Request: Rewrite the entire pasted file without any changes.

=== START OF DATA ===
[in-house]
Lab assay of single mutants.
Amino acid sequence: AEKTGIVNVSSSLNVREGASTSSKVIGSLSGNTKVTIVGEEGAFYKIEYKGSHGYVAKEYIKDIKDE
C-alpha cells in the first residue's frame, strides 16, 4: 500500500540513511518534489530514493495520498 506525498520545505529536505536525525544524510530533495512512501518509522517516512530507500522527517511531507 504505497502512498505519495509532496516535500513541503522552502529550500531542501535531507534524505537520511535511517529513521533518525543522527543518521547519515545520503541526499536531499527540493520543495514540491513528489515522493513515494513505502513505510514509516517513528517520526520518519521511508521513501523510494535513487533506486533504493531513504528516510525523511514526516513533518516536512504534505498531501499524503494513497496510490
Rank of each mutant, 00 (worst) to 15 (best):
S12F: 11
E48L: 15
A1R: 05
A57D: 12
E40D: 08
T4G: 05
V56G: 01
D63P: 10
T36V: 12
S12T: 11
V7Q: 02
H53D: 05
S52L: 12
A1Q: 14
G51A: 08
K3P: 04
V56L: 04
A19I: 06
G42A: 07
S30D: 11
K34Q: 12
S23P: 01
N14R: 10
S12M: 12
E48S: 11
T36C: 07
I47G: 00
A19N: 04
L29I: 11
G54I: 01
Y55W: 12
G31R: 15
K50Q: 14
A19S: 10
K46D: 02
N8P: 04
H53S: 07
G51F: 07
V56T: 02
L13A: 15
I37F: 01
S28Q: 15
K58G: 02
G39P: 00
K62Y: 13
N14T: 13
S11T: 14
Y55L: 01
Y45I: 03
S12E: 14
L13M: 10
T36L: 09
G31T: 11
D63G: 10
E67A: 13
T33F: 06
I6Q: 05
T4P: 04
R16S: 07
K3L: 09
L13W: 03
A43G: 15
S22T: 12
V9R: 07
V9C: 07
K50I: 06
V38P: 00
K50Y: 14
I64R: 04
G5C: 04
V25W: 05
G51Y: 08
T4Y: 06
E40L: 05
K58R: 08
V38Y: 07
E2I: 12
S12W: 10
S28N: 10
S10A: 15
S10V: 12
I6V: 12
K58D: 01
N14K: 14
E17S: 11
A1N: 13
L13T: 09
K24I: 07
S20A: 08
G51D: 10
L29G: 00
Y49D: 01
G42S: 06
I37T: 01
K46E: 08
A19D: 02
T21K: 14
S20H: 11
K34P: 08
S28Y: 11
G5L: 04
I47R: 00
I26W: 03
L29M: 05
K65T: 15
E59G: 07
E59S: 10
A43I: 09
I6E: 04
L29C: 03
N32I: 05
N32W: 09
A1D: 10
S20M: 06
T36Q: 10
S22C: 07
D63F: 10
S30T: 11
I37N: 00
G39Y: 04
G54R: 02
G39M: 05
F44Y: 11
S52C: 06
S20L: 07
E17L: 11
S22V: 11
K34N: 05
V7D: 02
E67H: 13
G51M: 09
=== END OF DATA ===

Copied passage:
[in-house]
Lab assay of single mutants.
Amino acid sequence: AEKTGIVNVSSSLNVREGASTSSKVIGSLSGNTKVTIVGEEGAFYKIEYKGSHGYVAKEYIKDIKDE
C-alpha cells in the first residue's frame, strides 16, 4: 500500500540513511518534489530514493495520498 506525498520545505529536505536525525544524510530533495512512501518509522517516512530507500522527517511531507 504505497502512498505519495509532496516535500513541503522552502529550500531542501535531507534524505537520511535511517529513521533518525543522527543518521547519515545520503541526499536531499527540493520543495514540491513528489515522493513515494513505502513505510514509516517513528517520526520518519521511508521513501523510494535513487533506486533504493531513504528516510525523511514526516513533518516536512504534505498531501499524503494513497496510490
Rank of each mutant, 00 (worst) to 15 (best):
S12F: 11
E48L: 15
A1R: 05
A57D: 12
E40D: 08
T4G: 05
V56G: 01
D63P: 10
T36V: 12
S12T: 11
V7Q: 02
H53D: 05
S52L: 12
A1Q: 14
G51A: 08
K3P: 04
V56L: 04
A19I: 06
G42A: 07
S30D: 11
K34Q: 12
S23P: 01
N14R: 10
S12M: 12
E48S: 11
T36C: 07
I47G: 00
A19N: 04
L29I: 11
G54I: 01
Y55W: 12
G31R: 15
K50Q: 14
A19S: 10
K46D: 02
N8P: 04
H53S: 07
G51F: 07
V56T: 02
L13A: 15
I37F: 01
S28Q: 15
K58G: 02
G39P: 00
K62Y: 13
N14T: 13
S11T: 14
Y55L: 01
Y45I: 03
S12E: 14
L13M: 10
T36L: 09
G31T: 11
D63G: 10
E67A: 13
T33F: 06
I6Q: 05
T4P: 04
R16S: 07
K3L: 09
L13W: 03
A43G: 15
S22T: 12
V9R: 07
V9C: 07
K50I: 06
V38P: 00
K50Y: 14
I64R: 04
G5C: 04
V25W: 05
G51Y: 08
T4Y: 06
E40L: 05
K58R: 08
V38Y: 07
E2I: 12
S12W: 10
S28N: 10
S10A: 15
S10V: 12
I6V: 12
K58D: 01
N14K: 14
E17S: 11
A1N: 13
L13T: 09
K24I: 07
S20A: 08
G51D: 10
L29G: 00
Y49D: 01
G42S: 06
I37T: 01
K46E: 08
A19D: 02
T21K: 14
S20H: 11
K34P: 08
S28Y: 11
G5L: 04
I47R: 00
I26W: 03
L29M: 05
K65T: 15
E59G: 07
E59S: 10
A43I: 09
I6E: 04
L29C: 03
N32I: 05
N32W: 09
A1D: 10
S20M: 06
T36Q: 10
S22C: 07
D63F: 10
S30T: 11
I37N: 00
G39Y: 04
G54R: 02
G39M: 05
F44Y: 11
S52C: 06
S20L: 07
E17L: 11
S22V: 11
K34N: 05
V7D: 02
E67H: 13
G51M: 09